I think the biggest challenge has been financial. It’s just costly to research and develop a product from scratch. Finding the right investors in alignment with your goals and vision and convincing them to invest in your vision, and then, when you run out of their money, go back to them or continually be in the process of raising money to get to the point where you can be self-sustaining was one of the greatest challenges. Another significant challenge was making this thing work in the way that we wanted it to. Now other people are entering the market, which I appreciate because it shows there is a market and we're sort of building it together. But it's not easy. You think you can create this little device that effortlessly collects trash on the premises, it’s fantastic. But executing that is harder than anticipated.

We came up with great design concepts, but one of our biggest challenges— and I always get back to this— was navigating a vessel through debris. Normally, vessels would avoid debris, but we were intentionally going into the centre of it, and our thrusters would get caught in balloons and string, causing breakdowns. Navigating through rubbish and collecting it, then figuring out how to do that effectively before even considering autonomy and collision avoidance, and how long it can operate in the water was massively challenging, and it still is to a point today. So, dealing with navigating through the debris was one of our biggest challenges.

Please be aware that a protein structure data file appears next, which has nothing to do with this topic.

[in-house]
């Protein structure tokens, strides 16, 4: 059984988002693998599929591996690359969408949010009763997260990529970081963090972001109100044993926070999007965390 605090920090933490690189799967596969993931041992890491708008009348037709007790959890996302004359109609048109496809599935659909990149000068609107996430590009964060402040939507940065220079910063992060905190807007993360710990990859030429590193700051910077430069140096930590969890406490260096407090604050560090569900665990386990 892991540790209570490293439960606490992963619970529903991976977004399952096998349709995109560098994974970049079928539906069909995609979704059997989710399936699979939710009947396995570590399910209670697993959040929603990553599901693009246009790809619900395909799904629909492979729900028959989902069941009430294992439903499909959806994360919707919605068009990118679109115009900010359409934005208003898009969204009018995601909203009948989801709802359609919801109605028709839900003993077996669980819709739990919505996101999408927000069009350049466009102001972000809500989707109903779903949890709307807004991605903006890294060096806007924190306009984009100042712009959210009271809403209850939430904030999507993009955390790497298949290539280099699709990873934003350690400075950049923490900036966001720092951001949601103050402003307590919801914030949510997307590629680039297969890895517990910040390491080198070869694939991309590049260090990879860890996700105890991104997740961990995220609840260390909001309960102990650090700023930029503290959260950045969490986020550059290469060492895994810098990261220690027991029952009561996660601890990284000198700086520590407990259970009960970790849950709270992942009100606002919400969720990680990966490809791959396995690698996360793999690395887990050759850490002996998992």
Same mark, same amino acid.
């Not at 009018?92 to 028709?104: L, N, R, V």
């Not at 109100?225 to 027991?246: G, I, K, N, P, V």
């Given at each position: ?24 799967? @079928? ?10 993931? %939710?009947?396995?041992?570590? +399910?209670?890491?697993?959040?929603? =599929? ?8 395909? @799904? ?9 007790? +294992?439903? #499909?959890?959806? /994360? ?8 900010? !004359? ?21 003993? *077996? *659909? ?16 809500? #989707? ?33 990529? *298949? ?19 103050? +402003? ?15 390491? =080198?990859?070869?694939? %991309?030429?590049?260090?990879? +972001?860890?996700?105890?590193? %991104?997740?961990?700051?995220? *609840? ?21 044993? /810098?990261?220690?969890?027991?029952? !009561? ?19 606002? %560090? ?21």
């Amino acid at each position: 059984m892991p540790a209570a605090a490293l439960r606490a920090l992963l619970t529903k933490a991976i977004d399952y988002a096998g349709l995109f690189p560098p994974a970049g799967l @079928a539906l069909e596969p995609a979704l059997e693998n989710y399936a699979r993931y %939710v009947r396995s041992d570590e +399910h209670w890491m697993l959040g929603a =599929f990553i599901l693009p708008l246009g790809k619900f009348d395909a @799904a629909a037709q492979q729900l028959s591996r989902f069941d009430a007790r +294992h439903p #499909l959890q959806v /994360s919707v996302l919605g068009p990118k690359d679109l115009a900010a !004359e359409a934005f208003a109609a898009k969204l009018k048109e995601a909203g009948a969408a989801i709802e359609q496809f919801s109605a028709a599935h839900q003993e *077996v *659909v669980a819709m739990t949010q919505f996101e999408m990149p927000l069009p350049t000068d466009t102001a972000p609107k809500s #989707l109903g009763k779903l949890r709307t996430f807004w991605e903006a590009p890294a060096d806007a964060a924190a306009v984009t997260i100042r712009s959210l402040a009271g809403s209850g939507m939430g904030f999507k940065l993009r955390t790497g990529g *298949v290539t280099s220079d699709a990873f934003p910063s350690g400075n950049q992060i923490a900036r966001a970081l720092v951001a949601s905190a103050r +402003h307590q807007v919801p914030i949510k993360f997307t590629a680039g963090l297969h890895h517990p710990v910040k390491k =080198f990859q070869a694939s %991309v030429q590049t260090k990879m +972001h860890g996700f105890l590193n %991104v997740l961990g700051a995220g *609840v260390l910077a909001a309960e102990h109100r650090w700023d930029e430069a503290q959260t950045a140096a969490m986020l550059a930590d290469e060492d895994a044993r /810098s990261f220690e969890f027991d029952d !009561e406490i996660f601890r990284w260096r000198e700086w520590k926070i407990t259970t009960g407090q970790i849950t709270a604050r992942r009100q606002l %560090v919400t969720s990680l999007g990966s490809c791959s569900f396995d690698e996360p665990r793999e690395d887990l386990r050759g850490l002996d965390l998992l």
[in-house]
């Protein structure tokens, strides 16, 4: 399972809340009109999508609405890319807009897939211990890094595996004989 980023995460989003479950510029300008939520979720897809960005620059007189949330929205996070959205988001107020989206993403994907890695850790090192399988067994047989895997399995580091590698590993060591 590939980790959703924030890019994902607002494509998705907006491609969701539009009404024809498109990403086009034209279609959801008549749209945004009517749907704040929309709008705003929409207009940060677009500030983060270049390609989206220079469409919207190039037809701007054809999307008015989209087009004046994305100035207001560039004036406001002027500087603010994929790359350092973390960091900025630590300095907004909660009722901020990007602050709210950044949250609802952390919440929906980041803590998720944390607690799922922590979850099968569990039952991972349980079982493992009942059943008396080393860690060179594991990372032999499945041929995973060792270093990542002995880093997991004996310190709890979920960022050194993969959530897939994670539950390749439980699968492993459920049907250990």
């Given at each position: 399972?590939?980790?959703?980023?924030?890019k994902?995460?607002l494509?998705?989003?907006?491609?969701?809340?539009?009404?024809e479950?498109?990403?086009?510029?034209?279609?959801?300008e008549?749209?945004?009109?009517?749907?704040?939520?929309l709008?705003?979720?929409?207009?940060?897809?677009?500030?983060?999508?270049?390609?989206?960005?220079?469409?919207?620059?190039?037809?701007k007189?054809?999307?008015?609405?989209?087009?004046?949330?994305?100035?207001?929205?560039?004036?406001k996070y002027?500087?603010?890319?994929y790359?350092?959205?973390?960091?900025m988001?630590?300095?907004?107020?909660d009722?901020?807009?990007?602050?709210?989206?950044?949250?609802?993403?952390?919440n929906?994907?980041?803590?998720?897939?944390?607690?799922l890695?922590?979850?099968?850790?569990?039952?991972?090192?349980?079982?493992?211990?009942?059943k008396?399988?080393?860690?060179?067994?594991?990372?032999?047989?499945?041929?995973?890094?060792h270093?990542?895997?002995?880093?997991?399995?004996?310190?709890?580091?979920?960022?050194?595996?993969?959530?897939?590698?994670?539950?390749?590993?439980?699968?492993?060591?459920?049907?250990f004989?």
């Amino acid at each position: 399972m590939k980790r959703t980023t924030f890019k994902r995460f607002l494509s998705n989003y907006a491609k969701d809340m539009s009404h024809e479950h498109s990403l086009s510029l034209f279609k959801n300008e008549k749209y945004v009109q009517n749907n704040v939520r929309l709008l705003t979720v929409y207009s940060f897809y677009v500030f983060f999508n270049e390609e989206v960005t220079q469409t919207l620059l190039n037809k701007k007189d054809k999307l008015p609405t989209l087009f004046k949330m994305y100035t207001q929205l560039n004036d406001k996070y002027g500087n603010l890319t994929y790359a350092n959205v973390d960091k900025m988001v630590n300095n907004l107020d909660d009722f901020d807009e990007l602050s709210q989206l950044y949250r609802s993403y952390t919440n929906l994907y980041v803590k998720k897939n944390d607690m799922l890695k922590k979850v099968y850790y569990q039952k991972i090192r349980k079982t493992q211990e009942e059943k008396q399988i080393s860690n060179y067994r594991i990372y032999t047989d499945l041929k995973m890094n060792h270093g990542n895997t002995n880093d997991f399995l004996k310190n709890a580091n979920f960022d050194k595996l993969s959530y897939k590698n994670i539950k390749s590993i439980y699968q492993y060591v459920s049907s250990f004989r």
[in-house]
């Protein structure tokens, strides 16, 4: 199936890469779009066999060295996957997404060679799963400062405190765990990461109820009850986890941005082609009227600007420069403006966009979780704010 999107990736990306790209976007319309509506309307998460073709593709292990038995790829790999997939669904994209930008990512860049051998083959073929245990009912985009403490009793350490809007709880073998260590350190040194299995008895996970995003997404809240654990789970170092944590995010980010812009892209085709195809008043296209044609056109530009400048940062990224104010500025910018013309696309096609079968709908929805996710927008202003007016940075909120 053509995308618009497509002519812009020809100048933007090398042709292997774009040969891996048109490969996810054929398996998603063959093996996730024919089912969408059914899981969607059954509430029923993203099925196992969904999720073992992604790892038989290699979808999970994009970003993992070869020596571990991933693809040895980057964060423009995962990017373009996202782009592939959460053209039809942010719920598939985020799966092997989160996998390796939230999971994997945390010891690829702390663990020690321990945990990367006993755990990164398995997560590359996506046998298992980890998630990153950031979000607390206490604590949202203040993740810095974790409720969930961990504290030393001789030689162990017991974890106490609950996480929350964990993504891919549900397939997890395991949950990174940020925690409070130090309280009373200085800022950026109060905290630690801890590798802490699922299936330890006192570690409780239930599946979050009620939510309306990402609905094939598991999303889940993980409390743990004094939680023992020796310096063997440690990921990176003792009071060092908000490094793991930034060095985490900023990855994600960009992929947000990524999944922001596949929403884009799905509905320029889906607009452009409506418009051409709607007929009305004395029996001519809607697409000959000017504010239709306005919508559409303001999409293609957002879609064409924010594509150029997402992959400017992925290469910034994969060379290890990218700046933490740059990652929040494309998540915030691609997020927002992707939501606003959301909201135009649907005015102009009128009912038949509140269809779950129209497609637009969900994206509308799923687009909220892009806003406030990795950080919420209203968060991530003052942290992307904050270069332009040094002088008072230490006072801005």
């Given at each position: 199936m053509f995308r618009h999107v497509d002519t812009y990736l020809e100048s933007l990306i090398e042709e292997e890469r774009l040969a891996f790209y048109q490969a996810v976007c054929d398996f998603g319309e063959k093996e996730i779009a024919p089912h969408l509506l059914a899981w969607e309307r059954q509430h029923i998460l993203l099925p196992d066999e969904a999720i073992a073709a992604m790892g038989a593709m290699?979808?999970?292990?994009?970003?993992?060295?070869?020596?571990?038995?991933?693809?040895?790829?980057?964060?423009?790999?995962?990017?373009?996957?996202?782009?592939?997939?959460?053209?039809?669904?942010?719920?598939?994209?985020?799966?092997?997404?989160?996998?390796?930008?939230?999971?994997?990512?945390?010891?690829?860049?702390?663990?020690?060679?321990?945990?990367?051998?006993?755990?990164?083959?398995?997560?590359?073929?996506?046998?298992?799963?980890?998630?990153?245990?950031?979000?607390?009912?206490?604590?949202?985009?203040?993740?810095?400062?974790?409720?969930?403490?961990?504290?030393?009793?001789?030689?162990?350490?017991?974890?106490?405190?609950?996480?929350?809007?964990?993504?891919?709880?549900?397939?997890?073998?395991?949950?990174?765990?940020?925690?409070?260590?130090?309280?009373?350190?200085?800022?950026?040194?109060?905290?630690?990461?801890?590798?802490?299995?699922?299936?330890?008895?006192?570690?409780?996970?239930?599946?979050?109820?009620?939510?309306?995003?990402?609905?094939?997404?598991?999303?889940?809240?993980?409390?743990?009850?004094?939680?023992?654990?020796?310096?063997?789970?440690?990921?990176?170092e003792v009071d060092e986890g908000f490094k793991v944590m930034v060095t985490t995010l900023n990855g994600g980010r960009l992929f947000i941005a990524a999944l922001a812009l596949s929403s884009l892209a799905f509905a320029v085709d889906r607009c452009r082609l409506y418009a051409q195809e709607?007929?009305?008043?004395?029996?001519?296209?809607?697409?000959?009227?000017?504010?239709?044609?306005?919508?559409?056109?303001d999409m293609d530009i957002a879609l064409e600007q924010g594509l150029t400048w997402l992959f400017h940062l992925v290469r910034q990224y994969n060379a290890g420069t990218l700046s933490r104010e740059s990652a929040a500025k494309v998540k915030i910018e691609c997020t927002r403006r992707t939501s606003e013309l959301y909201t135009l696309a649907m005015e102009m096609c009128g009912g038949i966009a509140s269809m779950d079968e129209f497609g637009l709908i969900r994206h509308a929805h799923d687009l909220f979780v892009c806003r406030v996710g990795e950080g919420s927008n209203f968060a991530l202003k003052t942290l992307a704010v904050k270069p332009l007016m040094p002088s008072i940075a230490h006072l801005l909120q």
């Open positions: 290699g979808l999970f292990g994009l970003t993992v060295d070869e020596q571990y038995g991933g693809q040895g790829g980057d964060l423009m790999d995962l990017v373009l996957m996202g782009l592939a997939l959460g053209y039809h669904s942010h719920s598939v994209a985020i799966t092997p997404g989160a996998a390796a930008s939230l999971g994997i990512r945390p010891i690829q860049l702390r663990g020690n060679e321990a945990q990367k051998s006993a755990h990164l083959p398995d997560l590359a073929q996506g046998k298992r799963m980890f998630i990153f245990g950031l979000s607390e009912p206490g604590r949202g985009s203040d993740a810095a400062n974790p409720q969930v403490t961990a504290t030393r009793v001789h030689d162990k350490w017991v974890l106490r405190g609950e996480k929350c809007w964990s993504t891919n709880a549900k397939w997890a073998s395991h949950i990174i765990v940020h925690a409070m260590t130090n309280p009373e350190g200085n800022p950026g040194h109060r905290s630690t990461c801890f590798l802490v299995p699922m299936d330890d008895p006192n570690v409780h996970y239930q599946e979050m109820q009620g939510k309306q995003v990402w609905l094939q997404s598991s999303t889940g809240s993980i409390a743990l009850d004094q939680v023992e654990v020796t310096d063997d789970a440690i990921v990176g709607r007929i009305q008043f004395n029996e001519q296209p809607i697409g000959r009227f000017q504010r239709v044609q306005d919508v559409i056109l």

This is such an interesting question in terms of engineering. Anyone who’s driven a boat in water with surface obstructions like algae and vegetation has probably dealt with it getting sucked into the propeller. How did you get over things like string getting pulled into the rotors?

I'll give you the answer once we discover it in the future. We've explored various approaches— attempting everything imaginable. For instance, we constructed enclosures around the thrusters for protection, but this diminished thrust and impedes proper water movement. The challenge is in navigating tight spaces, and you want to be getting close to the walls or edges.

Eventually, one of our designers, Tessa, came up with a system that we're now patenting. But it was simple, you know, everything over everything. The product has to be simple because we can get as complex as we like as engineers and roboticists, we can make it fantastically complex, but the end-user needs it to be incredibly simple. We need it simple because you're sending these things out all over the world. And you don't want to be repair specialists, you want to be drone specialists.

So we found a very, very simple sort of almost valve release on the thruster where when it goes forward, the valve opens, and when it goes backwards, the valve shuts and stops trash coming in. You do lose thrust, and you do lose some agility on that. But it was a happy medium that we could live with, and meant our breakdowns in the water dropped dramatically. It was fascinating to see.